Eastman Kodak, the iconic American company, files for bankruptcy

This bankruptcy filing had been predicted for months, but when it finally came last week it was still a harsh surprise. In a nostalgic sort of way, Eastman Kodak has been a 131-year old American institution. Now, as with many fallen analog icons around it, the company has hit the financial bottom—unable to adapt to a rapidly changing digital environment.

However, Eastman Kodak will not go away and will continue to operate as it attempts to reorganize under Chapter 11 bankruptcy protection. As part of its filing, made in the federal bankruptcy court in the Southern District of New York, the company will seek to continue selling a portfolio of 1,100 digital imaging patents to raise cash to operate.

“Kodak is taking a significant step toward enabling our enterprise to complete its transformation,” said Antonio M. Perez, the company’s chief executive. “At the same time as we have created our digital business, we have also already effectively exited certain traditional operations, closing 13 manufacturing plants and 130 processing labs, and reducing our workforce by 47,000 since 2003. Now we must complete the transformation by further addressing our cost structure and effectively monetizing non-core I.P. assets.”

Still today, many cinema and TV productions are shot on Kodak film stocks. The company helped set the standard for 35mm film, and introduced the 16mm film format for home movie use and lower budget film and television productions. Kodak also pioneered the 8mm and Super 8 formats for the consumer market.

Kodak even entered the professional television production videotape market, in the mid 1980s, under the product portfolio name of Eastman Professional Video Tape Products. Kodak owns the visual effects film post-production facilities Cinesite, in Los Angeles and London, and also LaserPacific, in Los Angeles. Kodak also owns Pro-Tek Media Preservation Services in Burbank, California. Pro-Tek is the world’s premier film storage company.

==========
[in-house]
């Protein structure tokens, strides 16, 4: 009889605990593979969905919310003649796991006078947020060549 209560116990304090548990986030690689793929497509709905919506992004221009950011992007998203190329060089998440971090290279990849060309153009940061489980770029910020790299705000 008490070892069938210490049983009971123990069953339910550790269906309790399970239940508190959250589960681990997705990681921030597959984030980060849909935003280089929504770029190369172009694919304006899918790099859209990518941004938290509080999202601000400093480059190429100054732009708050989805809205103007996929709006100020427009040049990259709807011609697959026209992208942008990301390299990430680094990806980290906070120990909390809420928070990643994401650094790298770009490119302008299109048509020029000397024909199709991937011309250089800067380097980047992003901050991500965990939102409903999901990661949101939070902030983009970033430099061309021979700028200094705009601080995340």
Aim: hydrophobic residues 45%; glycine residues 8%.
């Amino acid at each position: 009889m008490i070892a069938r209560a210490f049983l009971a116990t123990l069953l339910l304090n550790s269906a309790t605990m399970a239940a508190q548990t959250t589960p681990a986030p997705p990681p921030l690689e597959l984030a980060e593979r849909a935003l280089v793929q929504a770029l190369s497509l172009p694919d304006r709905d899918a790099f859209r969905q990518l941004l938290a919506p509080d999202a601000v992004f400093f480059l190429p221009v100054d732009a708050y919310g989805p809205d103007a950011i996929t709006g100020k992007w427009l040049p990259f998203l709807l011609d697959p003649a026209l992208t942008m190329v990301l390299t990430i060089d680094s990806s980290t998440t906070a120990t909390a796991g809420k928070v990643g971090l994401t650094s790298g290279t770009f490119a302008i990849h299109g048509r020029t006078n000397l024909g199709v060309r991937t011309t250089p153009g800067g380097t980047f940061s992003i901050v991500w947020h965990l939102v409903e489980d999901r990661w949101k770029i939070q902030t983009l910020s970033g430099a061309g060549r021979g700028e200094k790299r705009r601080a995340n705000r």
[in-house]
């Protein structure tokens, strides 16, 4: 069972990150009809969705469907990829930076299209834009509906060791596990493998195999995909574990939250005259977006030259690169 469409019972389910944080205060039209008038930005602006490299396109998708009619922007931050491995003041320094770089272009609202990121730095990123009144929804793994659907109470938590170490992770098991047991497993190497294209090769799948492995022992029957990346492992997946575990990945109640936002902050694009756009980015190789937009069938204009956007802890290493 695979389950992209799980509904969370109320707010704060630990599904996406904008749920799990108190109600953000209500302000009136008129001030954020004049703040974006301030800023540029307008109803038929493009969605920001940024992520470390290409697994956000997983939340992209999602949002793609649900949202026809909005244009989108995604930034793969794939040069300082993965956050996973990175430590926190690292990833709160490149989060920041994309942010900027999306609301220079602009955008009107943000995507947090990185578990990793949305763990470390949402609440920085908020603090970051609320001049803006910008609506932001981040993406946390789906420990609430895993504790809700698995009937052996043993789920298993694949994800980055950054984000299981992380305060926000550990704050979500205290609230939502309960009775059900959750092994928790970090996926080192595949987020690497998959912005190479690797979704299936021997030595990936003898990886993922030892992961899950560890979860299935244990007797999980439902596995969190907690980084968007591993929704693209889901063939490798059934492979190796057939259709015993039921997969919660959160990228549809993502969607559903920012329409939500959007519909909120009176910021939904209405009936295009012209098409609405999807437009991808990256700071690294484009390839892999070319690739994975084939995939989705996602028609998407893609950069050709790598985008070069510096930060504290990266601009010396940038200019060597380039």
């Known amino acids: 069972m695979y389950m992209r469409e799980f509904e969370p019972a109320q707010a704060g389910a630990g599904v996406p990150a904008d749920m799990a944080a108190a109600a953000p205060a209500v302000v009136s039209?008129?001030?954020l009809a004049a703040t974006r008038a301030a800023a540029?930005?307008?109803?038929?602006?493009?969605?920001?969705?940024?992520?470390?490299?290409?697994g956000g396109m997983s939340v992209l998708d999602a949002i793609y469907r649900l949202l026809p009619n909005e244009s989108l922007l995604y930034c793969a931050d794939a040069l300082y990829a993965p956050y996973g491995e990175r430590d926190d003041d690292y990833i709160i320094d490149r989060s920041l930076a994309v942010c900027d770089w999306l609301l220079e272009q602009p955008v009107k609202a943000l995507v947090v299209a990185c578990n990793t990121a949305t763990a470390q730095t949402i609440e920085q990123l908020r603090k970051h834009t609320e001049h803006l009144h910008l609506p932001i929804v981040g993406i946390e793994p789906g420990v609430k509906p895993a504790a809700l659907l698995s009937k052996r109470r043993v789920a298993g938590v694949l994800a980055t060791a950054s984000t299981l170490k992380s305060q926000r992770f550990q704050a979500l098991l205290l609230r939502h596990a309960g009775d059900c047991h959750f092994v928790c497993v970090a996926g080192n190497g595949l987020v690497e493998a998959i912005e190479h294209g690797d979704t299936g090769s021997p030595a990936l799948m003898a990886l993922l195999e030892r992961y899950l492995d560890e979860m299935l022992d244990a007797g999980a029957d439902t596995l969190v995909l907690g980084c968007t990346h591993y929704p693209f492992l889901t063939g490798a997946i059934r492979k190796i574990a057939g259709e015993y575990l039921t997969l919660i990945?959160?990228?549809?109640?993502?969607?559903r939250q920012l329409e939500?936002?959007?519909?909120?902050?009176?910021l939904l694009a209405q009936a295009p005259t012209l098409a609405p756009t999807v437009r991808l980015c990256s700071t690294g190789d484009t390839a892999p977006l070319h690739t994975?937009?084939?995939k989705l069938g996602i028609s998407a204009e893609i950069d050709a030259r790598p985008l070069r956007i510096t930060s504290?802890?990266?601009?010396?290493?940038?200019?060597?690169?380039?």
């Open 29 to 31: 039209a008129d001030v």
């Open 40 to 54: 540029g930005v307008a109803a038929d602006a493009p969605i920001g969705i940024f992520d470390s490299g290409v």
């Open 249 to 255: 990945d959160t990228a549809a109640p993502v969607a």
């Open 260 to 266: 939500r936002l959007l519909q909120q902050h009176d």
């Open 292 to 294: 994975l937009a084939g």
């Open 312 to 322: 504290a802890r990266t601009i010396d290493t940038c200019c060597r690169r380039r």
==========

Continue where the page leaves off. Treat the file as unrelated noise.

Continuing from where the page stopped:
In its bankruptcy filing last Thursday, Kodak listed $5.1 billion in assets and $6.75 billion in liabilities as of Sept. 30. It obtained $950 million debtor-in-possession from Citigroup to provide it funds to operate during bankruptcy. Kodak said that its non-American subsidiaries are not part of the filing.

In the end, Kodak could not sustain its business in the digital era. Manufacturing costs in Asia and increased competition forced it mostly out of the business. It explored chemicals, bathroom cleaners and medical-testing devices in the 1980s and 1990s, before deciding to focus on consumer and commercial printers in the past half-decade under Perez, who took over in 2005, having previously headed the printer business at Hewlett-Packard. The company never made money and the viability of Kodak’s printers has yet to be proven.

The financial crisis came to a head last year, as Perez’s strategy of using patent lawsuits and licensing deals to raise cash ran dry. Bankruptcy was the final step.

A major question that remains is what business is Eastman Kodak now in and can it come back from bankruptcy. In its heyday, Kodak was the Apple or Google of today.

The company’s troubles date back to the 1980s, when it struggled with foreign competitors that stole its market share in film. Later came struggles with the rise of digital photography and smartphones. Ten years ago, Kodak said it would stop making investments in film. It was the beginning of a long ending.

Founded in 1880 by George Eastman, Kodak became one of America’s most notable companies, helping establish the market for camera film and then dominating the field with a 90 percent share in 1976. Eastman treated his employees well and contributed to the growth of the town of Rochester, NY, its corporate headquarters. Now, its bankruptcy protection could also allow Kodak to shed hundreds of millions of dollars in pension obligations to those same workers.

Kodak has also filed new patent infringement suits against a number of competitors, including Fujifilm and Apple, an effort to shore up the value of the patents it hopes to sell.